Frye’s Greatest Fight
Frye’s Greatest Fight
By Joe Hall
July 12, 1996. Defending Ultimate Fighting Champion Don Frye meets newcomer Mark Coleman in the finals of the UFC 10 eight-man tournament.
Frye is undefeated, notes commentator Bruce Beck, 6-0 in the Octagon.
Coleman is a world-class wrestler, says Jeff Blatnick. One who weighs 245 muscular pounds compared to Frye at 214.
Frye is visibly haggard in his corner before the opening bell. A mouse sits below his right eye, reminding fans that this is his third fight of the night. He has already battled in the Octagon for 15 minutes, stopping Mark Hall in a grueling opening round bout then defeating Brian Johnston in the semifinals.
Coleman looks much fresher as he shifts his weight from foot to foot in his corner. No path to the finals is without tribulations, though, and this fighter is fatigued as well. He easily dismantled Moti Horenstein in the first round and dominated Gary Goodridge in the second; but the bout with "Big Daddy" dragged on for seven minutes and dented his energy supply.
The match begins and Coleman shoots for a takedown. Frye stops it with a well-timed sprawl and clutches a front headlock. Coleman explodes out of the hold and moves to his opponent’s back.
That’s called a short drag, says Blatnick, a great job by Coleman.
And from there, the beating commences.
Coleman cuts loose inside Frye’s guard, pounding his foe with a series of right hands that would later earn him the nickname, "The Hammer."
The bout becomes a drubbing, as Frye’s face is pummeled by Coleman’s endless onslaught. The difference in size and power has been the difference, says Blatnick 3:15 into the fight. Coleman is dominating.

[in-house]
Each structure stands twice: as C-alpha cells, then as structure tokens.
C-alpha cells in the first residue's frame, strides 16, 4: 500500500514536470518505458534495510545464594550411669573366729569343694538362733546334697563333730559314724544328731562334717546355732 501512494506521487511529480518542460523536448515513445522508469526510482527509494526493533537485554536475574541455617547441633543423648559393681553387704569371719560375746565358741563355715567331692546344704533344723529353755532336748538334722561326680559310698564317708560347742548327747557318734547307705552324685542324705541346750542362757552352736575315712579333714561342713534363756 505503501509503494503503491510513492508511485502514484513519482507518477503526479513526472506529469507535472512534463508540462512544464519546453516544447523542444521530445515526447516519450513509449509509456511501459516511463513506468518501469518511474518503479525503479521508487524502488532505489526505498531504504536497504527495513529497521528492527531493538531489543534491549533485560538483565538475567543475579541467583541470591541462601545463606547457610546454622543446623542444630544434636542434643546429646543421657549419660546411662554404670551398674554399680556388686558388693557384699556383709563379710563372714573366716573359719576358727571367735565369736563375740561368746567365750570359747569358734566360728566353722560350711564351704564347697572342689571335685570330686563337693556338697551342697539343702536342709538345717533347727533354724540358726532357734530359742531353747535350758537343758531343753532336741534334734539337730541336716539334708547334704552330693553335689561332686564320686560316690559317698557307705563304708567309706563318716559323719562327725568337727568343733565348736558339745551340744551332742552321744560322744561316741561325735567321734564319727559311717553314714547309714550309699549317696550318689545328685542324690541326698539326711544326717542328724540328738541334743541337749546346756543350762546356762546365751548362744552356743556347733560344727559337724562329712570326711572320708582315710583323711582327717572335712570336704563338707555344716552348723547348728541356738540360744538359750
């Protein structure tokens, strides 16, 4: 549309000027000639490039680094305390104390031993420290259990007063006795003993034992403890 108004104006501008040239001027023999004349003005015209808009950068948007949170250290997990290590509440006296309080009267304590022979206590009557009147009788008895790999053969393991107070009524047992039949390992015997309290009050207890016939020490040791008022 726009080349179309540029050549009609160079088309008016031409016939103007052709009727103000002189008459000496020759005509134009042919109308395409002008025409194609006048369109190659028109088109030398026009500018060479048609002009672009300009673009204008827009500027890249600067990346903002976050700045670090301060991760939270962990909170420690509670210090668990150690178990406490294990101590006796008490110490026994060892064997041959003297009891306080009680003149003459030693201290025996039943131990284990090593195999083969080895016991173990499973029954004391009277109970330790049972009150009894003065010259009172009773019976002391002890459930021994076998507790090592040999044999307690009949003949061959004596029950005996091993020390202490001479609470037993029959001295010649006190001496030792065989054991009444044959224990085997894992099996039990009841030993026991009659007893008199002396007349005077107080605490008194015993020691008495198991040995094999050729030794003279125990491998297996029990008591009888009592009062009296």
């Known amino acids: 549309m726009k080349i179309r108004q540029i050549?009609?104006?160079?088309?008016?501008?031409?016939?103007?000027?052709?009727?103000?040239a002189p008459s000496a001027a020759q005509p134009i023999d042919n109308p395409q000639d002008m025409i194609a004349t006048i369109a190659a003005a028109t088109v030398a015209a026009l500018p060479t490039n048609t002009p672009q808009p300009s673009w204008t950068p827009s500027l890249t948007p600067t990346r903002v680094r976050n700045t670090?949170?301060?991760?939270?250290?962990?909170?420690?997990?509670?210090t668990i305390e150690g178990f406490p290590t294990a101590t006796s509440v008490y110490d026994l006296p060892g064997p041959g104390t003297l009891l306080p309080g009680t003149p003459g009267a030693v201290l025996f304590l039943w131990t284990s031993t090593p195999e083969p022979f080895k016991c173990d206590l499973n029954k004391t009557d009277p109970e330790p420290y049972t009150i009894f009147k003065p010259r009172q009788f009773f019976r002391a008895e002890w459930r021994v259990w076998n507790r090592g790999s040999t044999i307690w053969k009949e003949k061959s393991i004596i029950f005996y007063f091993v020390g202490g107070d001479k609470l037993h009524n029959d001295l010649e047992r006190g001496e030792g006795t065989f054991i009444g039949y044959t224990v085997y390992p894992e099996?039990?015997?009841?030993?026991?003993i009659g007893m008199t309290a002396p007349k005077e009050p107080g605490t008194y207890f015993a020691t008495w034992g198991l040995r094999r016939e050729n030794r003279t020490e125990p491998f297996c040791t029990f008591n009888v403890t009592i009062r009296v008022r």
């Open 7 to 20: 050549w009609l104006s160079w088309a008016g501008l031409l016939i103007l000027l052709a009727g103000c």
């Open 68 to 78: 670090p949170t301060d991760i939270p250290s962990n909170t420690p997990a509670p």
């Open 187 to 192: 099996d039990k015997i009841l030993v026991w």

At 4:15, Coleman applies a side choke, but Frye slips out and the fight returns to the feet. Referee Big John McCarthy goads the tired fighters forward while they slowly stalk each other. Frye throws a right and a left, but Coleman ducks and pins him against the cage with a double leg takedown.
The beating resumes.
Kick the shit out of him! roars Frye’s bitter former trainer, Richard Hamilton, who is Coleman’s trainer for this fight. Frye is stuck against the cage and Hamilton and friends are hurling a streak of evil obscenities straight into his ear. He’s over the hill! someone says. Beat the hell out of him! Hamilton adds.
And Coleman obliges with a knee that snaps Frye’s head back violently. More knees follow and the fight is stopped to check Frye’s right eye, which is bleeding and closing quickly.
You gotta do something son! You understand me? says McCarthy, informing the battered competitor that he can’t let the fight continue much longer at this one-sided pace.
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